1. An area of interest you’ve identified.
I think Peggy hit the nail on the head last week in her analysis of my analysis. I’m interested in the process of telling stories. To refine that: I am especially interested in formal structures that allow users to have the freedom to construct their own narratives within larger stories I tell. I’ve said before that I believe there is no substitute for good writing and experience bears out that most people when given no guidelines construct somewhat uninteresting stories. Too much control over it kills the fun, though.
2. A couple of questions (stated in the form of a question) and opportunities suggested by your area of interest – what do you (or a potential viewer) want or need to know about this area?
What’s the best vehicle for this?
Is there something like this that already exists? How effective is it?
Is this a game? Or is a part of something else?
3. Identify a method or process that can be used to explore your question.
I need to take a critical look at a lot of things, not just electronic games, but storytelling games and structures of all types and start recording research about what I think makes them work or not work.
4. One to three actual topics or subjects that address your interests/questions. (Not ‘a game’ or ‘experience’ or ‘interactive film,’ find a subject/setting/character/narrative.
High school – our first chance as children/adults to really re-invent ourselves- we define our character class within a formal structure and then create our own mini narratives within the metanarrative of those four years. Also works for college, but I like high school better because I think in college we add another layer of story with a certain amount of revisionist fiction about those years.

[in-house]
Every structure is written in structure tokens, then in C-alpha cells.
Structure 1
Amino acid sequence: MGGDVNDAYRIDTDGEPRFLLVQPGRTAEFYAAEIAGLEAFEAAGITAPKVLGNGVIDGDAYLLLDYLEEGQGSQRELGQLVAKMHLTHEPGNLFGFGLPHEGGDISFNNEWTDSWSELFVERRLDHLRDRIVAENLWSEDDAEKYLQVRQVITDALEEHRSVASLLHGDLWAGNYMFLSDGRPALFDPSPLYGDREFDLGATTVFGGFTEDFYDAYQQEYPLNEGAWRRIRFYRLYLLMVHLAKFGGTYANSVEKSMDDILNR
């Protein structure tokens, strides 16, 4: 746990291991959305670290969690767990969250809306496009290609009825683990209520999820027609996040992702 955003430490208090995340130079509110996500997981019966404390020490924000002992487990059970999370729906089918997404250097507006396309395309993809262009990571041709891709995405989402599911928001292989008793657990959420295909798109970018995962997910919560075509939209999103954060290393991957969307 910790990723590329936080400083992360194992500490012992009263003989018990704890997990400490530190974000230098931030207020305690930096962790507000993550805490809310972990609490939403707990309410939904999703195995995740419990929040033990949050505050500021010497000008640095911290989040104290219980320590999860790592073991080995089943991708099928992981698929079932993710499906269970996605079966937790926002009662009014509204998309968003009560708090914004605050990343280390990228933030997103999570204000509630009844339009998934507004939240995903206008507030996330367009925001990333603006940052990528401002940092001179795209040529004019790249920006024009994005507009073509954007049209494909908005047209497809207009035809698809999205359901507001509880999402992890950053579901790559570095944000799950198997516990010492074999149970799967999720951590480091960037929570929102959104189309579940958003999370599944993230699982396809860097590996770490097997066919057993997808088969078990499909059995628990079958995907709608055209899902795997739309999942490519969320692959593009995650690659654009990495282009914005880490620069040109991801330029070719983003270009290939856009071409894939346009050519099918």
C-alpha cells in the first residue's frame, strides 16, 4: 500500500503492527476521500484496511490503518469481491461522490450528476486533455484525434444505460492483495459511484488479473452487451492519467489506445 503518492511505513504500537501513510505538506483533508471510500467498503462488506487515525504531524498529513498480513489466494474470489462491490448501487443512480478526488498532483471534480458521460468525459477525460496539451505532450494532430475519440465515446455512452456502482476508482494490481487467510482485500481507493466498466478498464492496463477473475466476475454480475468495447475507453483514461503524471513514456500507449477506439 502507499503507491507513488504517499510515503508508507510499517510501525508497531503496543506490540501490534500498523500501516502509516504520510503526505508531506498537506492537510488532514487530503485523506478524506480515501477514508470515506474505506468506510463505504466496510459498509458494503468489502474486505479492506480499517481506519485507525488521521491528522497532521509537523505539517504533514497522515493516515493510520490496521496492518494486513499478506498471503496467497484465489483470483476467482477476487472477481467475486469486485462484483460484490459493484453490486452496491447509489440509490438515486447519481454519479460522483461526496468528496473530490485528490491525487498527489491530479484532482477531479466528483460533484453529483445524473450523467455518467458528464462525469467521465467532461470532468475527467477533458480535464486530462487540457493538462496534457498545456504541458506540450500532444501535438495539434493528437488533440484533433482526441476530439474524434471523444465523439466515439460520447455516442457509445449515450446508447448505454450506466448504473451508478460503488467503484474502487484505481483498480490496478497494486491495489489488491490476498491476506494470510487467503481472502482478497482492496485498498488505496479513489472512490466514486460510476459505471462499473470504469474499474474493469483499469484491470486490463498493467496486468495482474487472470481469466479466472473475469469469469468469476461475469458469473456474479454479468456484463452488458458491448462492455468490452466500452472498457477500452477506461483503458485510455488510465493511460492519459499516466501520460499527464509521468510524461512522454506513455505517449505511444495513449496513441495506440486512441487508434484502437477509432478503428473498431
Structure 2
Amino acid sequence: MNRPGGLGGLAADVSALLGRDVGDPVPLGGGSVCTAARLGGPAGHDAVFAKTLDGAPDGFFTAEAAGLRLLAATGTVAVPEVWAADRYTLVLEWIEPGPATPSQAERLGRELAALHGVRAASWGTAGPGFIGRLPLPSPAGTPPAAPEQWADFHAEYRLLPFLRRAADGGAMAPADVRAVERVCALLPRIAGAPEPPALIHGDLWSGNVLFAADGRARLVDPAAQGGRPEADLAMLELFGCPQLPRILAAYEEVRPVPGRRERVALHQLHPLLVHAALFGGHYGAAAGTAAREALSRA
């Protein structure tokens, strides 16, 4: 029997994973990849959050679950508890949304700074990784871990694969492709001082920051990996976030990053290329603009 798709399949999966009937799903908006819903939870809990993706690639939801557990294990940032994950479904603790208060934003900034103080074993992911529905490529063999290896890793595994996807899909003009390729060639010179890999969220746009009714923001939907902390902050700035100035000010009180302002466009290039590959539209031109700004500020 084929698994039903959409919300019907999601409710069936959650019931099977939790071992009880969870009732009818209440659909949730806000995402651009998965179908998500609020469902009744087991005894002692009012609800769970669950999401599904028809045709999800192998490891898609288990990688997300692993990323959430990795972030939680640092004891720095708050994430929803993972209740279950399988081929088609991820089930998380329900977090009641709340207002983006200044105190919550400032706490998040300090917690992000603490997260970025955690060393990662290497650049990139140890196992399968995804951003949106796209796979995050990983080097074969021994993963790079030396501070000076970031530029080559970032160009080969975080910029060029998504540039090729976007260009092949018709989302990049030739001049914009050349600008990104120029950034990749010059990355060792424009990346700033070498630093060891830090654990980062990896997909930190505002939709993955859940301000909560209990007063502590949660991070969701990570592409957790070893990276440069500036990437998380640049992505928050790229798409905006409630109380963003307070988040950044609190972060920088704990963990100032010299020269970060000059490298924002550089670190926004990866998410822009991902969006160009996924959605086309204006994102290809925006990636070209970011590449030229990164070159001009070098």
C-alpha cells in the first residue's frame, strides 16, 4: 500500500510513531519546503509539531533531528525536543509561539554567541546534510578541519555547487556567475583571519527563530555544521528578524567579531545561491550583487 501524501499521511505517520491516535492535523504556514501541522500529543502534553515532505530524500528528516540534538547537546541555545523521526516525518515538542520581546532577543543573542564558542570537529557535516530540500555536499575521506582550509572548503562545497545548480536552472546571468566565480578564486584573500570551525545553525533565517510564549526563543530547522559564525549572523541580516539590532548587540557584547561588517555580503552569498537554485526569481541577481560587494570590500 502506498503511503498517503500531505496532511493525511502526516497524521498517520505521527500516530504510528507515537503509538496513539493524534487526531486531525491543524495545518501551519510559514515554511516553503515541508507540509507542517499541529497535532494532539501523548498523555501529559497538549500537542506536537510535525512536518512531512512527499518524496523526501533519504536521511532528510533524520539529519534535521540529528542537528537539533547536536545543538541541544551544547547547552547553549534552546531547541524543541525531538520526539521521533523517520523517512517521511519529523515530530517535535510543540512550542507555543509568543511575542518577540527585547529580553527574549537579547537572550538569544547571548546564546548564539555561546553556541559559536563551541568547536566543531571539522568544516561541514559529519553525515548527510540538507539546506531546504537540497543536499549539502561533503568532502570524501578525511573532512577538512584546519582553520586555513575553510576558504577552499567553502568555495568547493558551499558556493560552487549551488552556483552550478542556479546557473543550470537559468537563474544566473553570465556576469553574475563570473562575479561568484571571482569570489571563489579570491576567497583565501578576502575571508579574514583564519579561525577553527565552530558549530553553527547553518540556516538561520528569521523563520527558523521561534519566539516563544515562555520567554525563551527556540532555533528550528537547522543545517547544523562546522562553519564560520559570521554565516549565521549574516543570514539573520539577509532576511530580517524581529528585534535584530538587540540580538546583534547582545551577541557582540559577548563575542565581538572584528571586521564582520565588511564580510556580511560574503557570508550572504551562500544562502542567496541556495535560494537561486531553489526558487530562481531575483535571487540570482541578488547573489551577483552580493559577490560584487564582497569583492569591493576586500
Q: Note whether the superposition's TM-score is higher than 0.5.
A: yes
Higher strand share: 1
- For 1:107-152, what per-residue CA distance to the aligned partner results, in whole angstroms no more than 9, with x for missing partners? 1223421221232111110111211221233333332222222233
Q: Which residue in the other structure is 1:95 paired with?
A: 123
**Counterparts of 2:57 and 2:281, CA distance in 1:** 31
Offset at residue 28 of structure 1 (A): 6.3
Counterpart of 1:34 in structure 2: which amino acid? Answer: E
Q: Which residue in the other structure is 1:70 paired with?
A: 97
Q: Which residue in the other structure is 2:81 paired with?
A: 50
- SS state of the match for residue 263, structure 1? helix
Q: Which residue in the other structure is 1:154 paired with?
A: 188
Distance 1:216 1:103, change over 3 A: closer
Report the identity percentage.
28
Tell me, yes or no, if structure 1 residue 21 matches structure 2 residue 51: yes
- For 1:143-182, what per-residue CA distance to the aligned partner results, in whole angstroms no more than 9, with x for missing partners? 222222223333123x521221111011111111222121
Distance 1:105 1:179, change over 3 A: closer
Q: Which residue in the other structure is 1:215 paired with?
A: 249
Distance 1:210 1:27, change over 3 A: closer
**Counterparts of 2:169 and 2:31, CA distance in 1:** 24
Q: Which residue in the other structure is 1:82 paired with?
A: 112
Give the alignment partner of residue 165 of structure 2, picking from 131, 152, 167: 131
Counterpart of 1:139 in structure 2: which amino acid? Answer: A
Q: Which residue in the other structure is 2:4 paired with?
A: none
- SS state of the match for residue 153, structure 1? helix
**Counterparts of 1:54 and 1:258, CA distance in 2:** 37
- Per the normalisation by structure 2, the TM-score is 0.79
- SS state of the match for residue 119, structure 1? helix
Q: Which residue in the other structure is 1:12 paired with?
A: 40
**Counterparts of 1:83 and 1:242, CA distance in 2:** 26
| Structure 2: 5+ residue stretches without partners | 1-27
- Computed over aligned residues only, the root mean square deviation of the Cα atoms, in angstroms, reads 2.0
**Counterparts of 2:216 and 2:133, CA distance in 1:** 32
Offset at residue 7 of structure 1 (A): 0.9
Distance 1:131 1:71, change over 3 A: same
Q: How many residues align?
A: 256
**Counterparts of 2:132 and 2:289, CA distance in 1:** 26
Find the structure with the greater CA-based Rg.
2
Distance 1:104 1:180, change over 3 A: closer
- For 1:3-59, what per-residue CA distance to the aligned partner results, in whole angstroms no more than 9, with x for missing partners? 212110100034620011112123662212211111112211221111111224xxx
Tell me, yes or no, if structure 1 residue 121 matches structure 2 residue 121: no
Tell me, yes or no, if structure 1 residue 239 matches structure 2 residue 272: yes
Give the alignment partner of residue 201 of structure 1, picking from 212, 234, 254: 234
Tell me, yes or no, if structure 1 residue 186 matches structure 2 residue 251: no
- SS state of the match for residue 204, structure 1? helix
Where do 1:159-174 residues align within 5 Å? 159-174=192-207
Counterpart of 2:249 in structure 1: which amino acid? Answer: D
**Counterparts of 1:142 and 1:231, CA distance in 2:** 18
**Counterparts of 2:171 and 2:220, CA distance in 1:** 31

There’s a TV series spec I developed last year- it’s a little too much for me to produce with my own meager resources, but obviously I’ve done a lot of world-building and tried to build it so there was a lot of room for stories within stories.
5. Pair your topics with a genre and an audience: Not just “a game” but the type of game and the type of player you envision.
I would have to say right now that it seems like a game reaches the audience I most care about- not really typical gamers, but the kind of people I believe would deeply enjoy the process of interacting with a game if only there was more there for them to find appealing. I don’t think it’s a question of subject matter so much as the method and rewards of the interaction that don’t currently engage them.
6. Commit to a term (participant, viewer, player, reader, user, audience) that you will use throughout the project.
We’ll say “player.��? I think it’s pompous to invent a new term.
EDIT: Here’s the madlib focusing statement…
I am designing a game because I want to demonstrate how to advance storytelling in order to help the player experience personal narrative in shared interactive experiences.